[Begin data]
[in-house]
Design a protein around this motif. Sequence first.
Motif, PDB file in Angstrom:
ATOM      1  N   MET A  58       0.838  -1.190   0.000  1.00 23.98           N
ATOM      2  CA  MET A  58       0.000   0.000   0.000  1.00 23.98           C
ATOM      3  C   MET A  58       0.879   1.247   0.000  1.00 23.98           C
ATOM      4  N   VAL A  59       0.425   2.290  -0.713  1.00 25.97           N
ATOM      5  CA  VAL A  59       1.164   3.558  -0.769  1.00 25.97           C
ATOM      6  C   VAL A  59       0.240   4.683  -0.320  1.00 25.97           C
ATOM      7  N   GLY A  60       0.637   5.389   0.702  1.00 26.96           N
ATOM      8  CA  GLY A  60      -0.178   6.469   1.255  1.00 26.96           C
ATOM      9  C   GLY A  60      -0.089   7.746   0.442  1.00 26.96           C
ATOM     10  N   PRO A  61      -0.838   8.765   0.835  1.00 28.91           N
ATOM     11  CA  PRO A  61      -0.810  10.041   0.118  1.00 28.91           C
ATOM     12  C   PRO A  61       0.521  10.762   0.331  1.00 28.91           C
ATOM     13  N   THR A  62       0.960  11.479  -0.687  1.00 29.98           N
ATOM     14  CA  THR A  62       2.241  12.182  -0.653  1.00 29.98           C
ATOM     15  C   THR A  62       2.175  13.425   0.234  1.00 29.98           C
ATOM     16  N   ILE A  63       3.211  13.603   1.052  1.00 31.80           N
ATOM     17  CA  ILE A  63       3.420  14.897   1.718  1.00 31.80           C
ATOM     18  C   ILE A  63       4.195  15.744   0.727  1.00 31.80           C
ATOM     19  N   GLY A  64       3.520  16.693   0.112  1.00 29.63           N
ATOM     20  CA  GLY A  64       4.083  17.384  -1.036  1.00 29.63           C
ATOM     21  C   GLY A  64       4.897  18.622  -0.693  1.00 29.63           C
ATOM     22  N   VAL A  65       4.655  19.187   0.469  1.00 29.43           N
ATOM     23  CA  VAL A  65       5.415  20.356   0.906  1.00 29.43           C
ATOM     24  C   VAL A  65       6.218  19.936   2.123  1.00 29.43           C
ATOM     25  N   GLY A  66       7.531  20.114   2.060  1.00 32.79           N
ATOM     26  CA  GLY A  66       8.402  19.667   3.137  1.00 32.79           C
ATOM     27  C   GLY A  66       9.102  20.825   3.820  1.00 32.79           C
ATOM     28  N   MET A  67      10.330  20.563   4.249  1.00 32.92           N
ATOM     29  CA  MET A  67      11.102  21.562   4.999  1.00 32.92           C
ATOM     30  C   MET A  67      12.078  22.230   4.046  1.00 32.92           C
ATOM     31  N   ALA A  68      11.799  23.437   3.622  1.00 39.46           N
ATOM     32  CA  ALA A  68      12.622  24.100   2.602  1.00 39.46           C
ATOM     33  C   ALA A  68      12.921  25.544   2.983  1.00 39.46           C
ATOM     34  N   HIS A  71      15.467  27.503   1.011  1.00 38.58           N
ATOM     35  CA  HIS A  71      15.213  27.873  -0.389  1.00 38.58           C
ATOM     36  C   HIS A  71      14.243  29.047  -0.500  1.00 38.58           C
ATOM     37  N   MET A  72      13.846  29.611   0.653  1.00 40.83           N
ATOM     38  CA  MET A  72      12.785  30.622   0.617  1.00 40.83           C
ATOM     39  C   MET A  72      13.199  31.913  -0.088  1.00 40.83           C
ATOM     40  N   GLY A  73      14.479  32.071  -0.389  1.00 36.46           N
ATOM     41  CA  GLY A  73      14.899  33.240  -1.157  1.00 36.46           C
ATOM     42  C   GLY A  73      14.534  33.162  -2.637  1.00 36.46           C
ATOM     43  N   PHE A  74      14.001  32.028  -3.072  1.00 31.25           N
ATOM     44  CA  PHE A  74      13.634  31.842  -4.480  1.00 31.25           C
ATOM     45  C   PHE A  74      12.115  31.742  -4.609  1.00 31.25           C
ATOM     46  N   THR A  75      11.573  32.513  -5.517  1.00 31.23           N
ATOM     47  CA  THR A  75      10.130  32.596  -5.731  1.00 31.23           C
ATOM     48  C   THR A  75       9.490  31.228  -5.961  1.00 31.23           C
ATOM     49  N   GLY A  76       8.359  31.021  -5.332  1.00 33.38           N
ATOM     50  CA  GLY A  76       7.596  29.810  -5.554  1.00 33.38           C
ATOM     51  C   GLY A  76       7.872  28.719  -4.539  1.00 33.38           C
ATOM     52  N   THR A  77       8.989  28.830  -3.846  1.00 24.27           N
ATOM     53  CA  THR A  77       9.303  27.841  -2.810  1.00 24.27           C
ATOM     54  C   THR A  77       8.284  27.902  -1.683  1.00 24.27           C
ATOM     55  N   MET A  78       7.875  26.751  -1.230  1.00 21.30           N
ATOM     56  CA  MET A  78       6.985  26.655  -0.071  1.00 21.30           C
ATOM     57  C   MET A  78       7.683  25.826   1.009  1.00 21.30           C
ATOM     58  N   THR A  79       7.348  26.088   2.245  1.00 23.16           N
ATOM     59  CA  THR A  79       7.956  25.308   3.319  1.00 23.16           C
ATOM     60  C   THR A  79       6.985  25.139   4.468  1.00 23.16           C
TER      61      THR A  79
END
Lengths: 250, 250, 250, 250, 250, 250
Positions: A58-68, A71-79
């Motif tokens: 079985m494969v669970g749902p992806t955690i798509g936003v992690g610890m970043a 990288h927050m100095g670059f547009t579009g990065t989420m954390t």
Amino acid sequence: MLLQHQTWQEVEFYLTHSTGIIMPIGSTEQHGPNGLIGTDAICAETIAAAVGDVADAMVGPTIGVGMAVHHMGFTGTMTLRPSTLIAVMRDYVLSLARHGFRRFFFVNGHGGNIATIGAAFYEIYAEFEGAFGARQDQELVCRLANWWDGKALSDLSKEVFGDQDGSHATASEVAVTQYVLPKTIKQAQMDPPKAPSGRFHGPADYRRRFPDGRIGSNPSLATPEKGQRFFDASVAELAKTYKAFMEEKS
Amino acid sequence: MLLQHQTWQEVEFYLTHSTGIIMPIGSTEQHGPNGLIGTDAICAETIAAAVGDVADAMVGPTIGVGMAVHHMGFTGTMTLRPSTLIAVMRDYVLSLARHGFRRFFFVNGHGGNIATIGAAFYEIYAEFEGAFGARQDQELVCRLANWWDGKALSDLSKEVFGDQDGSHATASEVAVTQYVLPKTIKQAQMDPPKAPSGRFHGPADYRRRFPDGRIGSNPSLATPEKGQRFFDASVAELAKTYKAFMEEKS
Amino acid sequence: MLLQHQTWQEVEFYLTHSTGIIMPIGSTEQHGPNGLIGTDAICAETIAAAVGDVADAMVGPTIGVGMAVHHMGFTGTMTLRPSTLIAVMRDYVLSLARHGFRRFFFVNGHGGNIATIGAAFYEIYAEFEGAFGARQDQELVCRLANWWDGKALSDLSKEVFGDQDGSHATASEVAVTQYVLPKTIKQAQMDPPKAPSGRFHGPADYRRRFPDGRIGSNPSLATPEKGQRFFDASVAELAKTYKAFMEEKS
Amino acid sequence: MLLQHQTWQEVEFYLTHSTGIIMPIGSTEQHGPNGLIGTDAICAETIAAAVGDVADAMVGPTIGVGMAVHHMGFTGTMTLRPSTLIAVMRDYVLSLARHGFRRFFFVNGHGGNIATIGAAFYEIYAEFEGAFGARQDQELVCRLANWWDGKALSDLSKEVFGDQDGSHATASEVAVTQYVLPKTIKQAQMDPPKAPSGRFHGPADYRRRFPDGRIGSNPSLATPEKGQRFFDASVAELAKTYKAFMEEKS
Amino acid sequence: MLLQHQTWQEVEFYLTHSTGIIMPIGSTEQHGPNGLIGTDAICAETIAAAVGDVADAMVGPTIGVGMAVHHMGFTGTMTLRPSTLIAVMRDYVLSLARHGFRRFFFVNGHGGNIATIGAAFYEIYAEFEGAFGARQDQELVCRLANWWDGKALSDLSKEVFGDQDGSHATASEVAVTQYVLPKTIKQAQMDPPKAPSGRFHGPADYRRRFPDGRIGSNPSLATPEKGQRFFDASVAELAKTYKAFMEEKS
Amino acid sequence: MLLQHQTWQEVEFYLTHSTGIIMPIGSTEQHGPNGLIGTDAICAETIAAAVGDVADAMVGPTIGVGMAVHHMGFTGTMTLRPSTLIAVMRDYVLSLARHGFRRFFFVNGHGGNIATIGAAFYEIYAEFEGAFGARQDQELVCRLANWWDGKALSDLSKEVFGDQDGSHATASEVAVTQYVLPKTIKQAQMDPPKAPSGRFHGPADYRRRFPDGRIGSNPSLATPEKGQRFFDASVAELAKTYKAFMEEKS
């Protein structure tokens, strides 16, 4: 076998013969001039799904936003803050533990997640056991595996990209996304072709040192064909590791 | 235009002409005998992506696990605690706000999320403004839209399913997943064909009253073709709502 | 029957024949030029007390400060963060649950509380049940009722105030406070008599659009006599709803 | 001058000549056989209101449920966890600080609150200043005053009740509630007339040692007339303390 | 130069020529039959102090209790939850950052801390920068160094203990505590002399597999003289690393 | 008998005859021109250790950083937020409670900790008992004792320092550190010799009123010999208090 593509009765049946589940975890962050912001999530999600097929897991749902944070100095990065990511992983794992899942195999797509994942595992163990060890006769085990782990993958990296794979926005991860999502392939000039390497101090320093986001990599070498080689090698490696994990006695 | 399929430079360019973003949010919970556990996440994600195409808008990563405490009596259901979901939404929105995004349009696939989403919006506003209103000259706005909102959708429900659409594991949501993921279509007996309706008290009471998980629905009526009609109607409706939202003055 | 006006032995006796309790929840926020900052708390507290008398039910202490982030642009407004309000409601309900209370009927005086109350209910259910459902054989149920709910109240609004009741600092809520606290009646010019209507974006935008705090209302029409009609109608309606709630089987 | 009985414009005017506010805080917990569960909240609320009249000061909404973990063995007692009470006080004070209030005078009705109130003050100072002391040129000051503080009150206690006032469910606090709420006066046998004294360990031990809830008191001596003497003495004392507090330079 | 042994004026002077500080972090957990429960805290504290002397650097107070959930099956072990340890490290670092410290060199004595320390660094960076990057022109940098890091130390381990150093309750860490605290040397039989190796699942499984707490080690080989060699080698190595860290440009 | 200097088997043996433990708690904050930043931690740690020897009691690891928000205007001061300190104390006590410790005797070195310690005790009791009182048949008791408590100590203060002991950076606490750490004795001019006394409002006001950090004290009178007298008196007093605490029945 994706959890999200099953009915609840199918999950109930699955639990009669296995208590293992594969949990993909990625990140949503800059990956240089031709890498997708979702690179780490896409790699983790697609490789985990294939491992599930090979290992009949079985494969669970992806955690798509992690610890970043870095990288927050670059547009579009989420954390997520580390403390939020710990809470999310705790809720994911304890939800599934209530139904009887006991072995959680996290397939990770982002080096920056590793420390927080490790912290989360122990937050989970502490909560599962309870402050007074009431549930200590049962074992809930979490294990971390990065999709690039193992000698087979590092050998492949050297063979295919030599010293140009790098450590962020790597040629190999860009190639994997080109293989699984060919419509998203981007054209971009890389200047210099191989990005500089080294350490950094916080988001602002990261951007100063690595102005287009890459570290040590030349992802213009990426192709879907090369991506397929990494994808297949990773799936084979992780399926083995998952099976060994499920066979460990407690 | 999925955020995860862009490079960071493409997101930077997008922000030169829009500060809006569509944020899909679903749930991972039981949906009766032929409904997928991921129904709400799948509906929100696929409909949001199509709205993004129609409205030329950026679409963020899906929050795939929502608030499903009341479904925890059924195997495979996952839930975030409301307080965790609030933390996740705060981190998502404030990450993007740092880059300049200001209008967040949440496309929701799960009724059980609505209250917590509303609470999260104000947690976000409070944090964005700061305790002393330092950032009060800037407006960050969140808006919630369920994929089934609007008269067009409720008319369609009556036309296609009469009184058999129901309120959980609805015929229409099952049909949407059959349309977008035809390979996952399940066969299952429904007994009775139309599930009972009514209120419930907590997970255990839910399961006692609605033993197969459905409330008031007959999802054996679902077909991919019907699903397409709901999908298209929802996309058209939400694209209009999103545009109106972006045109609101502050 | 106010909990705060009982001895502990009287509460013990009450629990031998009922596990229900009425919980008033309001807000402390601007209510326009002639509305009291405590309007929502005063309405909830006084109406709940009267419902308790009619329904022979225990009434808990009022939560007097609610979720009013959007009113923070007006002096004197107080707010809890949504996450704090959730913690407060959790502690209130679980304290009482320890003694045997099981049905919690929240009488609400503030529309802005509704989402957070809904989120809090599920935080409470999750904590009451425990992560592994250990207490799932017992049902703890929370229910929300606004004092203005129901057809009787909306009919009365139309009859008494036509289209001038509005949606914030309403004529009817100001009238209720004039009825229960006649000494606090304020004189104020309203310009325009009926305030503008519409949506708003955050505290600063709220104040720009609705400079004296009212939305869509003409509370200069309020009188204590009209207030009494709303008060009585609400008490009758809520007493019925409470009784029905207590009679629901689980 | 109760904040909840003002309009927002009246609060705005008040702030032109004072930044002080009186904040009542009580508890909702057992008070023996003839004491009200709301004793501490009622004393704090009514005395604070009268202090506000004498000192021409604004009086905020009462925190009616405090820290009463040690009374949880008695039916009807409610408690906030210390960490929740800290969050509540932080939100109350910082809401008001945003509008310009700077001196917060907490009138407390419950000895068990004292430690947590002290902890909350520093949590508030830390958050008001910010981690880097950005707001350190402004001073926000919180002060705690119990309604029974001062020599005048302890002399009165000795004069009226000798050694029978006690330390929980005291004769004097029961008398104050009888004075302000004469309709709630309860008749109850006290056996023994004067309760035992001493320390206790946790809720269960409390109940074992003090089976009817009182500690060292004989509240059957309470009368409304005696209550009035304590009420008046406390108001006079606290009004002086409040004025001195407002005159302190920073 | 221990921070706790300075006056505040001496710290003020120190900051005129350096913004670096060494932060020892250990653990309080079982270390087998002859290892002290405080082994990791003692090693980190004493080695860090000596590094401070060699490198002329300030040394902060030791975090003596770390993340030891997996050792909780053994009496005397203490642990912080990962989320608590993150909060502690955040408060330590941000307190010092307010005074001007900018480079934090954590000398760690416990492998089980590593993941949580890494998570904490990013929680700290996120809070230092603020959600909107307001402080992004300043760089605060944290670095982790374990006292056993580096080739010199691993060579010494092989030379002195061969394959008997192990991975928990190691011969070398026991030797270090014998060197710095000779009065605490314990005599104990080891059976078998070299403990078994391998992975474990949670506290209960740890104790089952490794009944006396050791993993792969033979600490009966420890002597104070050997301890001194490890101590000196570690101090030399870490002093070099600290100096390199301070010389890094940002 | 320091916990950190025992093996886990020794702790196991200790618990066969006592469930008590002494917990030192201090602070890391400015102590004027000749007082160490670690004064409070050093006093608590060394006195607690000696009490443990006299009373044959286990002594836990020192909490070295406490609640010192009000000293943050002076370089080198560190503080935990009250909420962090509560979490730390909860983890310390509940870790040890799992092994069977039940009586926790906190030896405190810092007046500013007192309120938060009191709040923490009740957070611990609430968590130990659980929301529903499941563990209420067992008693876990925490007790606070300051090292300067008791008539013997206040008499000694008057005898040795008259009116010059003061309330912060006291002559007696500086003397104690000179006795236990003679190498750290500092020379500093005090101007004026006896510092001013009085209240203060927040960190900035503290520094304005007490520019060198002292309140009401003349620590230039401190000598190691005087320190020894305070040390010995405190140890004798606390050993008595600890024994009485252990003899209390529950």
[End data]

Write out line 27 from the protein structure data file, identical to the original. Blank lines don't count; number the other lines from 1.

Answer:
ATOM     24  C   VAL A  65       6.218  19.936   2.123  1.00 29.43           C